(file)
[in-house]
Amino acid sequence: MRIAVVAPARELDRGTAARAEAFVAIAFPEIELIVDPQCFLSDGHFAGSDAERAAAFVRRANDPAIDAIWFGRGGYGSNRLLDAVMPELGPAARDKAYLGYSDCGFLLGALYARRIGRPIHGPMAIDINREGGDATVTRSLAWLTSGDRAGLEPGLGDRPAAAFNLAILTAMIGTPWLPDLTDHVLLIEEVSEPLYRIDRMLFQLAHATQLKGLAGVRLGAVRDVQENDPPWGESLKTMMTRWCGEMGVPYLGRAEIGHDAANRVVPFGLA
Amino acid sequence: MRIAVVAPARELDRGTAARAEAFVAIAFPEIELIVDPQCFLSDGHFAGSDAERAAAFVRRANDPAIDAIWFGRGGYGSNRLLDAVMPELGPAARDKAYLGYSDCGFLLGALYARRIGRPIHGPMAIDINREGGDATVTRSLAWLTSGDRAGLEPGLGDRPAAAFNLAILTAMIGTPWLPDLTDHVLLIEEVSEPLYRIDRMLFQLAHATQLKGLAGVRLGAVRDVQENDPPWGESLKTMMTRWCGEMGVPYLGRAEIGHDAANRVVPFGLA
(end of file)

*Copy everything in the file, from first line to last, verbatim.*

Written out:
[in-house]
Amino acid sequence: MRIAVVAPARELDRGTAARAEAFVAIAFPEIELIVDPQCFLSDGHFAGSDAERAAAFVRRANDPAIDAIWFGRGGYGSNRLLDAVMPELGPAARDKAYLGYSDCGFLLGALYARRIGRPIHGPMAIDINREGGDATVTRSLAWLTSGDRAGLEPGLGDRPAAAFNLAILTAMIGTPWLPDLTDHVLLIEEVSEPLYRIDRMLFQLAHATQLKGLAGVRLGAVRDVQENDPPWGESLKTMMTRWCGEMGVPYLGRAEIGHDAANRVVPFGLA
Amino acid sequence: MRIAVVAPARELDRGTAARAEAFVAIAFPEIELIVDPQCFLSDGHFAGSDAERAAAFVRRANDPAIDAIWFGRGGYGSNRLLDAVMPELGPAARDKAYLGYSDCGFLLGALYARRIGRPIHGPMAIDINREGGDATVTRSLAWLTSGDRAGLEPGLGDRPAAAFNLAILTAMIGTPWLPDLTDHVLLIEEVSEPLYRIDRMLFQLAHATQLKGLAGVRLGAVRDVQENDPPWGESLKTMMTRWCGEMGVPYLGRAEIGHDAANRVVPFGLA